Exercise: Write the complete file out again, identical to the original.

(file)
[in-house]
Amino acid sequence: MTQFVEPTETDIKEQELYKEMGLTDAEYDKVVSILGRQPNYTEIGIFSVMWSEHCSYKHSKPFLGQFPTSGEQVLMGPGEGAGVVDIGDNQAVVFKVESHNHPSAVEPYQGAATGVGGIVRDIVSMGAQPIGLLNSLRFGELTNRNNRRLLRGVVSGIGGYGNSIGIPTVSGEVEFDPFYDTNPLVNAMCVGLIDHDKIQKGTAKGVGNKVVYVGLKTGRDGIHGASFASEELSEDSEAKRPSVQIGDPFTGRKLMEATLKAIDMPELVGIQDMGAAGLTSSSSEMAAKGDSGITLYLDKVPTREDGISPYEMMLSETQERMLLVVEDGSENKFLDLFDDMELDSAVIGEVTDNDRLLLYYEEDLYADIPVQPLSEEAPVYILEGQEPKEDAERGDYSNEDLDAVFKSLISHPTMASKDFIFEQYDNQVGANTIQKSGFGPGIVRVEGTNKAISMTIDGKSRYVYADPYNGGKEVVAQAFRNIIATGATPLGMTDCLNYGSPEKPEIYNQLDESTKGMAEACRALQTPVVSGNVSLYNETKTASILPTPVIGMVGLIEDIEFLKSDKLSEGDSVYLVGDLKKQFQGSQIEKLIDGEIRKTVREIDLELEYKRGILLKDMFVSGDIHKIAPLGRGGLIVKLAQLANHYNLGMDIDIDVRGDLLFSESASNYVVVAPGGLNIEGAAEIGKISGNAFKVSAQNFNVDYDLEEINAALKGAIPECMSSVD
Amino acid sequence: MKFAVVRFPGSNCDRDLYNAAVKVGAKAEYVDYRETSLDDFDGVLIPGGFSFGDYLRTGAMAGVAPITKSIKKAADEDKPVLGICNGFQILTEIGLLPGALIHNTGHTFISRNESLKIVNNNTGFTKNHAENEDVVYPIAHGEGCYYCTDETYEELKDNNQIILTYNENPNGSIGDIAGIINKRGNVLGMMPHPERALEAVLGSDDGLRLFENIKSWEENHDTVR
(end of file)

[in-house]
Amino acid sequence: MTQFVEPTETDIKEQELYKEMGLTDAEYDKVVSILGRQPNYTEIGIFSVMWSEHCSYKHSKPFLGQFPTSGEQVLMGPGEGAGVVDIGDNQAVVFKVESHNHPSAVEPYQGAATGVGGIVRDIVSMGAQPIGLLNSLRFGELTNRNNRRLLRGVVSGIGGYGNSIGIPTVSGEVEFDPFYDTNPLVNAMCVGLIDHDKIQKGTAKGVGNKVVYVGLKTGRDGIHGASFASEELSEDSEAKRPSVQIGDPFTGRKLMEATLKAIDMPELVGIQDMGAAGLTSSSSEMAAKGDSGITLYLDKVPTREDGISPYEMMLSETQERMLLVVEDGSENKFLDLFDDMELDSAVIGEVTDNDRLLLYYEEDLYADIPVQPLSEEAPVYILEGQEPKEDAERGDYSNEDLDAVFKSLISHPTMASKDFIFEQYDNQVGANTIQKSGFGPGIVRVEGTNKAISMTIDGKSRYVYADPYNGGKEVVAQAFRNIIATGATPLGMTDCLNYGSPEKPEIYNQLDESTKGMAEACRALQTPVVSGNVSLYNETKTASILPTPVIGMVGLIEDIEFLKSDKLSEGDSVYLVGDLKKQFQGSQIEKLIDGEIRKTVREIDLELEYKRGILLKDMFVSGDIHKIAPLGRGGLIVKLAQLANHYNLGMDIDIDVRGDLLFSESASNYVVVAPGGLNIEGAAEIGKISGNAFKVSAQNFNVDYDLEEINAALKGAIPECMSSVD
Amino acid sequence: MKFAVVRFPGSNCDRDLYNAAVKVGAKAEYVDYRETSLDDFDGVLIPGGFSFGDYLRTGAMAGVAPITKSIKKAADEDKPVLGICNGFQILTEIGLLPGALIHNTGHTFISRNESLKIVNNNTGFTKNHAENEDVVYPIAHGEGCYYCTDETYEELKDNNQIILTYNENPNGSIGDIAGIINKRGNVLGMMPHPERALEAVLGSDDGLRLFENIKSWEENHDTVR